In addition, Obama and Democrats want to prevent the expiration of unemployment benefits for about 2 million long-term jobless men and women, and there is widespread sentiment in both parties to shelter doctors from a 27 percent cut in Medicare fees.

Glorious.

The White House has shown increased concern about a possible doubling of milk prices if a farm bill is not passed in the next few days, although it is not clear whether that issue, too, might be included in the talks.

One Republican who was briefed on the White House meeting said Boehner made it clear he would leave in place spending cuts scheduled to take effect unless alternative savings were included in any compromise to offset them. If he prevails, that would defer politically difficult decisions on curtailing government benefit programs like Medicare until 2013.

Success was far from guaranteed in an atmosphere of political mistrust – even on a slimmed-down deal that postponed hard decisions about spending cuts into 2013 – in a Capitol where lawmakers grumbled about the likelihood of spending the new year holiday working.

In a brief appearance in the White House briefing room, Obama referred to “dysfunction in Washington,” and said the American public is “not going to have any patience for a politically self-inflicted wound to our economy. Not right now.”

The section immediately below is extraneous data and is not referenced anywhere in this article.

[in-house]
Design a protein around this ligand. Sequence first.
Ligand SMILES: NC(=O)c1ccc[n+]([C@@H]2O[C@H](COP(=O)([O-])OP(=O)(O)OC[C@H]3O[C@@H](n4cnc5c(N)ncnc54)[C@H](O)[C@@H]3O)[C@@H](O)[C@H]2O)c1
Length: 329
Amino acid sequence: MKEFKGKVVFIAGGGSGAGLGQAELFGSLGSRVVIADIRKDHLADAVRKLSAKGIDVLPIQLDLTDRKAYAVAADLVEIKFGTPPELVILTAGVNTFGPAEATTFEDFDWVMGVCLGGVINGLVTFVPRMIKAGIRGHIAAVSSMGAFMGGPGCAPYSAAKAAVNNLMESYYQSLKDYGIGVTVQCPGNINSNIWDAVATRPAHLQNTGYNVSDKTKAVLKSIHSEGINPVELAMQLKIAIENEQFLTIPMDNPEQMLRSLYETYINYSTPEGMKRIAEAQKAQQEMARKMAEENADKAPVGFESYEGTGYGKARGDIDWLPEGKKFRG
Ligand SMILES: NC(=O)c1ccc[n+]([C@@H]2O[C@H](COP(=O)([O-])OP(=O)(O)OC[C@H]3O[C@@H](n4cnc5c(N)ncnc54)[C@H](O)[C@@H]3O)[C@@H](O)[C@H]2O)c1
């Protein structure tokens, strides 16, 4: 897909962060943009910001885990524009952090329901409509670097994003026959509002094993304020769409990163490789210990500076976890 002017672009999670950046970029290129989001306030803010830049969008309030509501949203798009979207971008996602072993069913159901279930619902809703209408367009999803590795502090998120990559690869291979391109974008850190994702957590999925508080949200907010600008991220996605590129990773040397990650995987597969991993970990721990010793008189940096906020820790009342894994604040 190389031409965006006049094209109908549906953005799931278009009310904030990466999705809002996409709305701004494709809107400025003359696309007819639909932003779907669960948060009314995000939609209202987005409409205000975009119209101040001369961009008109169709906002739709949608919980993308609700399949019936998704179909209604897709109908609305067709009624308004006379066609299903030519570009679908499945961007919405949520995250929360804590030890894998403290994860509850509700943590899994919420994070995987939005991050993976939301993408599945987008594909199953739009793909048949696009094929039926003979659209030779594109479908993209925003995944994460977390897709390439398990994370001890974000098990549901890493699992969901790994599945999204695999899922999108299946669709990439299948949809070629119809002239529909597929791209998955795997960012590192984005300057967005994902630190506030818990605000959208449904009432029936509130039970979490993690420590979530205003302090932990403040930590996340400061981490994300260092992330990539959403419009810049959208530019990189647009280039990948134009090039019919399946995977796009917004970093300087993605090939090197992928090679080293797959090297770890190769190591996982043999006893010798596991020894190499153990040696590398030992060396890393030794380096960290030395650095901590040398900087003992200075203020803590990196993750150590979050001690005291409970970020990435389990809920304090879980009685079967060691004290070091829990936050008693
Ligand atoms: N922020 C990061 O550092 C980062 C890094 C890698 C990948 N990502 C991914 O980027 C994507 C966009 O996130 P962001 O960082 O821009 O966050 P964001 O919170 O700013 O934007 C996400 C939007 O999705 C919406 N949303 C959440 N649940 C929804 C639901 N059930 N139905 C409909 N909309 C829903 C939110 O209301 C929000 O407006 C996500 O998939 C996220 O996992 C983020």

If there is no compromise, he said he expects Reid to put legislation on the floor to prevent tax increases on the middle class and extend unemployment benefits – an implicit challenge to Republicans to dare to vote against what polls show is popular.

The president also booked a highly unusual appearance on Meet the Press for Sunday, yet another indication of his determination to retain the political high ground that came with his re-election.

The guest list for the White House meeting included Reid, McConnell, Boehner and House Democratic leader Nancy Pelosi, D-Calif.

The same group last met more than a month ago and emerged expressing optimism they could strike a deal that avoided the fiscal cliff. At that point, Boehner had already said he was willing to let tax revenues rise as part of an agreement, and the president and his Democratic allies said they were ready to accept spending cuts.